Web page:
Without recycling clichés or hype, we all recognize the unprecedented challenge facing the industrial sector. With a responsibility to its shareholders, employees and customers, industry executives are in triage mode and are urgently addressing the health and safety of their employees, changes in demand, commodity pricing and supply chain security.
This article covers a simple question: should digitalization plans be reconsidered in response to the devastating consequences of Covid-19?
The short answer is yes, but the automatic response should not be to freeze all digitalization plans as a knee–jerk reaction to the current situation. We need to balance reductions in the “nice to haves” with existing plans that can still be justified.
In the ideal scenario, existing investments in digitalization transformation should have been made on solid business cases with demonstratable returns. In reality, we have not lived in an information bubble and the outsized influence of industry analysts and technology vendors has likely resulted in digitalization plans that are less critical in the short-to-medium term.
Let’s start with a sober view of the current situation. Whereas past disasters (both manmade and natural) have disrupted parts of the world, the spread of Covid-19 has been less discriminating and is rapidly impacting the lives of all of us. So even if the magnitude is not the same, the industrial sector has historically dealt with the consequences of recessions, the collapse of commodity prices, financial liquidity crises. The list goes on and we have been here before.
Let’s consider that there will be an end-date to Covid-19. As many of us face lockdown, we can take some solace from the decrease in new cases in Wuhan and the global rush to develop a vaccine. In the end, the world will survive.
With this in mind, the process of reevaluating existing plans should be done rationally. Although discussions about the potential opportunities from crises are both crass and unnerving, responsible businesses need to consider how to navigate Covid-19 so that they are in the best possible position when we reach the safety of “the day after.”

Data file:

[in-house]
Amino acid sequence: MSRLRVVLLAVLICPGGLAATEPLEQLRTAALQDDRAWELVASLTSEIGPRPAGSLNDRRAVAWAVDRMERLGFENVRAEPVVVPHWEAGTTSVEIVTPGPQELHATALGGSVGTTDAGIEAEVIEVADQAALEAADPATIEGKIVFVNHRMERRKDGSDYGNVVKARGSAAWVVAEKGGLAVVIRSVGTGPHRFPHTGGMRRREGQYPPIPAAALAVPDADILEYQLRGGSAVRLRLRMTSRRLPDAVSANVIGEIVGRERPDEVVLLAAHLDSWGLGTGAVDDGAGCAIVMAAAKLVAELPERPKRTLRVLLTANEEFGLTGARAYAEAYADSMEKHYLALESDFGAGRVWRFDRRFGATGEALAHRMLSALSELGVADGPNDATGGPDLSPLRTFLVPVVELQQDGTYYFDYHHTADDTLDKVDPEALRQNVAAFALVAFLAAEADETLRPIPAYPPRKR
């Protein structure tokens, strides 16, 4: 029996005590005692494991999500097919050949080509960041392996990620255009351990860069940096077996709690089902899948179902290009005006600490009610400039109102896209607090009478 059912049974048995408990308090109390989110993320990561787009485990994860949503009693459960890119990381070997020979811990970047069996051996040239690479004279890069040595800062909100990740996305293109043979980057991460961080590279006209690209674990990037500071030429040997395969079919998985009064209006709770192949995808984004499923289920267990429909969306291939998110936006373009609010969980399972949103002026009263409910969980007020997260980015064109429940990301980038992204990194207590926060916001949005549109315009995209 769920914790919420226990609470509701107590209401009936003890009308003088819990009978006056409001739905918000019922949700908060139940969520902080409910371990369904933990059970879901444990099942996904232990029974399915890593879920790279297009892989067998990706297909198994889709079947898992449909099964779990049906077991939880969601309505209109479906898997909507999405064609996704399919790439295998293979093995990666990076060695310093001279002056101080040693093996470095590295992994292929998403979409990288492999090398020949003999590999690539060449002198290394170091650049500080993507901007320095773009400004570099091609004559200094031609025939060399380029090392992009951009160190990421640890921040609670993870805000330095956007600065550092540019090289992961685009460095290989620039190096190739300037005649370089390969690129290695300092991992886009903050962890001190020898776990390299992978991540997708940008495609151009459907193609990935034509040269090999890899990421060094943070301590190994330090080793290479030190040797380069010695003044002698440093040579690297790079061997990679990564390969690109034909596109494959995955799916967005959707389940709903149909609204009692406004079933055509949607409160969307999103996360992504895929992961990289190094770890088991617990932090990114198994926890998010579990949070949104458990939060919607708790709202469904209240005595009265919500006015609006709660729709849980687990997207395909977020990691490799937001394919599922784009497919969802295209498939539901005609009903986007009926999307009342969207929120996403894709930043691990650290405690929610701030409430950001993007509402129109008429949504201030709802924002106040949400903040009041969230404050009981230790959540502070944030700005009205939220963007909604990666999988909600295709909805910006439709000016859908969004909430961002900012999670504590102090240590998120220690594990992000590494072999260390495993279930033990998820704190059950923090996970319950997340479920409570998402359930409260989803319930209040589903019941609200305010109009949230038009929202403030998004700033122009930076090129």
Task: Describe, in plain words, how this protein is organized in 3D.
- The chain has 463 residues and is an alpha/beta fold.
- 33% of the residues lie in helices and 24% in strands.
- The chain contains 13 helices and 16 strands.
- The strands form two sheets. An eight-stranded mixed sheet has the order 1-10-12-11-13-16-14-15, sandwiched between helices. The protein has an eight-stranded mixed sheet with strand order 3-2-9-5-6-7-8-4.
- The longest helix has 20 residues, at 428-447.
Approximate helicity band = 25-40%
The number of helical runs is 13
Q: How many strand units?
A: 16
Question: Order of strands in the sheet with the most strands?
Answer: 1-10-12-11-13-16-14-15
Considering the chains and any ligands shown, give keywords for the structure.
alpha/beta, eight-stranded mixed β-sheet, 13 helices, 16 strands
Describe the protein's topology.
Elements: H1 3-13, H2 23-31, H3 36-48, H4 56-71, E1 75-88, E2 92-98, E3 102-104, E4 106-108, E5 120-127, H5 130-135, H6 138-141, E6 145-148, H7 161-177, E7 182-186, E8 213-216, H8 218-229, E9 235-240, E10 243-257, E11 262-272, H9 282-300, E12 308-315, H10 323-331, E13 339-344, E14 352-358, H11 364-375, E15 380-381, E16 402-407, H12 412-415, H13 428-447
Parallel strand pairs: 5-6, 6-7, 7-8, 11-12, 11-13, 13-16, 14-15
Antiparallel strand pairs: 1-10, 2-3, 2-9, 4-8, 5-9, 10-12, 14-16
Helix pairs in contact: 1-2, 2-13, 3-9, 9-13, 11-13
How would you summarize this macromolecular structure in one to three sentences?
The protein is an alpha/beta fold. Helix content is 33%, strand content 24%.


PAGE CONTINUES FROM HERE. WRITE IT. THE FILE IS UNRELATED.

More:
The first step is to do a hard audit of current digitalization programs, and new criteria should be applied with respect to existing and new decisions. This process does not need to be overly complex and should address fundamental issues as to whether digitalization initiatives impact the business in a meaningful way and to perform a cost/benefit analysis of maintaining, delaying or stopping.
This re-prioritization exercise should be done sensibly and be based on at least three different post-Covid-19 scenarios, ranging from best case to worst case. Modelling these scenarios (and the impact on the business) requires discipline, because decisions will be difficult to make.
The next thing to do is to evaluate the financial stability of your digitalization vendors. In the case of startups, billions of dollars in venture capital funds have been invested in the Industry 4.0 sector. In these new circumstances, some of the smaller and less resilient startups may not have raised sufficient capital to weather the storm.
This is not the forum for a sales pitch, but I do believe that sharing information on the SKF approach is beneficial to the wider community. At SKF, we view digitalization as a journey to a very specific place: asset performance. Seen through the prism of performance (or rotating equipment performance), investments in innovation include Artificial Intelligence (Presenso) and Oil as a Service (RecondOil).
With asset performance as a central pillar of our strategy, the focus on outcomes and results percolates throughout our entire organization. It has also forced us to reconsider business models, and to align our interests with those of our customers.
We raise this issue because in difficult times, the “as a service” model becomes more compelling in an environment in which we are all trying to minimize risk and cost. The industrial world has much to learn from technology companies such as Microsoft that have shifted their business to a pay-per-use model. The next iteration, the pay-per-performance model that has been adopted by OEMs such as SKF and others, should be carefully considered when evaluating digitalization plans, especially if upfront capital outlays can be reduced or eliminated.
In conclusion, with scarce funds for investments, it is time to evaluate and rationalize existing Industry 4.0 plans. At the end of the day, when we exit from this period, the underlying challenges facing industrial many industrial plants – unscheduled and costly asset downtime, legacy OT systems vulnerable to cyberattack, aging infrastructure, etc., – will still exist and will continue to impact the bottom line.
There is no turning back the innovation clock and digitalization will continue to play a critical role in the future industrial plant. We should use the Covid-19 crisis to re-think Industry 4.0 so that we emerge as strong as possible on the other side.